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Green Country nurse fighting on the frontlines in NYC needs safe place to quarantine upon return home

Posted at 6:00 PM, May 29, 2020
and last updated 2020-05-30 00:49:18-04

A Catoosa nurse is nearing the end of her heroic journey serving COVID-19 patients in the country's epicenter of New York City and now needs a place to quarantine back home.

The hours have been long and the job emotionally and physically demanding.

"I’m in the ICU,” Katie Banas, a local nurse serving in New York said. “We see all COVID. It’s 100 percent COVID."

That's been the reality for the Catoosa nurse for the last eight weeks. Day in and day out her focus is the patients all on ventilators.

“It takes you so fast that we have patients that come in on Friday and are gone by Monday, and they had no problems whatsoever,” Banas said. “They're young in their 30s or 40s."

She joined the frontlines in New York as a relief effort for the nurses there who worked tirelessly for weeks without a day off.

"They lost colleagues,” she said. “They lost family members. They lost neighbors. So not only were they overworked, and understaffed, they were emotionally distraught because they are going through losses."

Banas’ decision to leave Tulsa and serve in New York was not made lightly. A mother of twin boys, she realized her line of work in Green Country exposed her family to the dangers of COVID-19.

"It's been the hardest thing in the world, but I’m protecting my children more by not being there and not exposing them to this virus,” she said.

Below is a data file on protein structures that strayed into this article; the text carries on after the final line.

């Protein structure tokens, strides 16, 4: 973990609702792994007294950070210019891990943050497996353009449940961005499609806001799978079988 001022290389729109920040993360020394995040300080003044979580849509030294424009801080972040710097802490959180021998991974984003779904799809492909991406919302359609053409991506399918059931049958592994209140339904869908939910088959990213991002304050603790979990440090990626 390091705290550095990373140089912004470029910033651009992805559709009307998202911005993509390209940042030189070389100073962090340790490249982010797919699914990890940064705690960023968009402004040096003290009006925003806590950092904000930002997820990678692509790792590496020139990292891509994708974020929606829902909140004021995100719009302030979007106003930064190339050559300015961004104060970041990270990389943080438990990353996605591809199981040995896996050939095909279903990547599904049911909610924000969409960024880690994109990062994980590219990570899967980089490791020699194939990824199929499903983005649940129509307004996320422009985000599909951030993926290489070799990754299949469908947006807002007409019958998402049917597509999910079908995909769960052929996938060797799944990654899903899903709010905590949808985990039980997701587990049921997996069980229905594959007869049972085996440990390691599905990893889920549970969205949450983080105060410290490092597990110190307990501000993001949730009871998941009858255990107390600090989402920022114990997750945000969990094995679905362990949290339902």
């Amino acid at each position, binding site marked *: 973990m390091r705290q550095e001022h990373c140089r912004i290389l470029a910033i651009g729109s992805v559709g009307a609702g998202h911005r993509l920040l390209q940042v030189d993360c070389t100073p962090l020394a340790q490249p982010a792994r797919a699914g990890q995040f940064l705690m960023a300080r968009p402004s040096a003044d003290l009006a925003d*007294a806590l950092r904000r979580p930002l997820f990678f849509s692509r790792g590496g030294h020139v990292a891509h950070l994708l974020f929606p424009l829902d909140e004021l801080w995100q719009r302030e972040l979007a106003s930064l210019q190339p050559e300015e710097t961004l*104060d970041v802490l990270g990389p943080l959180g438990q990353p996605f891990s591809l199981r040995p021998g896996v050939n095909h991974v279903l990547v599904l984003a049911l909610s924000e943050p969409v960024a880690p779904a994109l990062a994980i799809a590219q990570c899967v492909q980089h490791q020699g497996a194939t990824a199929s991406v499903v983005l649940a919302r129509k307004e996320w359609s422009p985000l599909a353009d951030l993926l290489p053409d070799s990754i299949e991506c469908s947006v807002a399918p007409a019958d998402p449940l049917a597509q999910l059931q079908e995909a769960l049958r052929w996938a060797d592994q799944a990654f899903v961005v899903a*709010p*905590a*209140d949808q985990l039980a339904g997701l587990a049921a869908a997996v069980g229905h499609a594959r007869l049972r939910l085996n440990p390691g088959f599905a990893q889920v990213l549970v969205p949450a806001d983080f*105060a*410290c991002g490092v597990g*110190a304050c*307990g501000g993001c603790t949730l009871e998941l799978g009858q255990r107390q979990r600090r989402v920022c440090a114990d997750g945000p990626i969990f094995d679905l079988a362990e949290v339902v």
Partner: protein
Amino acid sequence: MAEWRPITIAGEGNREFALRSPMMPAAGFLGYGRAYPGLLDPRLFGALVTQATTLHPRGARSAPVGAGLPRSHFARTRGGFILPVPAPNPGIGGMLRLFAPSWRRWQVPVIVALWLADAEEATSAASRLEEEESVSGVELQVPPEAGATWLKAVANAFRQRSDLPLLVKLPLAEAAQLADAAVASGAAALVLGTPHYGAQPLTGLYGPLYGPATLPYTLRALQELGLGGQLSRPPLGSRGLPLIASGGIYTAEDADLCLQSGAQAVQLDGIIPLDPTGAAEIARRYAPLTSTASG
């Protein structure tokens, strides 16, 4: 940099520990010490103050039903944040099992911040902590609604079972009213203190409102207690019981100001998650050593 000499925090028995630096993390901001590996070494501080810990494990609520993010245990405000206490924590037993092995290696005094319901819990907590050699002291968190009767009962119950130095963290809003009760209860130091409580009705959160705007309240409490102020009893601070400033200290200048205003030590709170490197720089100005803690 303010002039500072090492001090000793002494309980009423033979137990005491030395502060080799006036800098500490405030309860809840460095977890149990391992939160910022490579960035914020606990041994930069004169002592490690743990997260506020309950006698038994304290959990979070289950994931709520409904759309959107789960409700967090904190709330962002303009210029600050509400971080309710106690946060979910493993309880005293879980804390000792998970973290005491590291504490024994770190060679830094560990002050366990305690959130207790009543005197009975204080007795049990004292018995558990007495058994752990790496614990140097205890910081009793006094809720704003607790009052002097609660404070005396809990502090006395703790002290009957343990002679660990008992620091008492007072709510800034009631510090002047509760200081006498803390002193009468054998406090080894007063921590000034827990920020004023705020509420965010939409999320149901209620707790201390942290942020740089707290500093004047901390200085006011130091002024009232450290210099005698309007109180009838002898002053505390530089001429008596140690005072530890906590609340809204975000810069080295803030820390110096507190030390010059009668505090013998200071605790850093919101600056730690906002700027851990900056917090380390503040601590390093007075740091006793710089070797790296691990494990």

Banas has seen the unthinkable, such as the sadness of a lonely patient and the pure joy of a miraculous recovery.

Her time at Kings County Hospital in Brooklyn comes with an emotional toll she'll carry back to Tulsa, but there is one thing lifting her spirits as she heads home.

"I cannot wait to get back to my kids,” she said. “I'll be there just in time for the twins first birthday."

But that reunion won't be possible unless she can find a safe place to quarantine for two weeks. Her program is providing some nurses with the option to stay at hotels for free, but it’s not available in Tulsa.

"What they didn't really advertise was that those free hotels were going to be in harder hit areas,” Banas said. “Since Tulsa is not a harder hit area, we only got a $10 discount per night."

A two-week hotel stay is pricey, so Banas is looking for other options for her arrival home on June 2, such as an RV, paid-for hotel room, or any place secluded.

"Just a place to stay that's not going to infect anybody,” she adds. “I've been tested so often here that I know I don't have the virus."

Although the stress of coming home looms as she searches for somewhere to stay, Banas said she'd do it all again in a heartbeat.

If you or someone you know can provide a place for Banas to quarantine safely when she returns home Tuesday, please call our Problem Solvers at 918-748-1502

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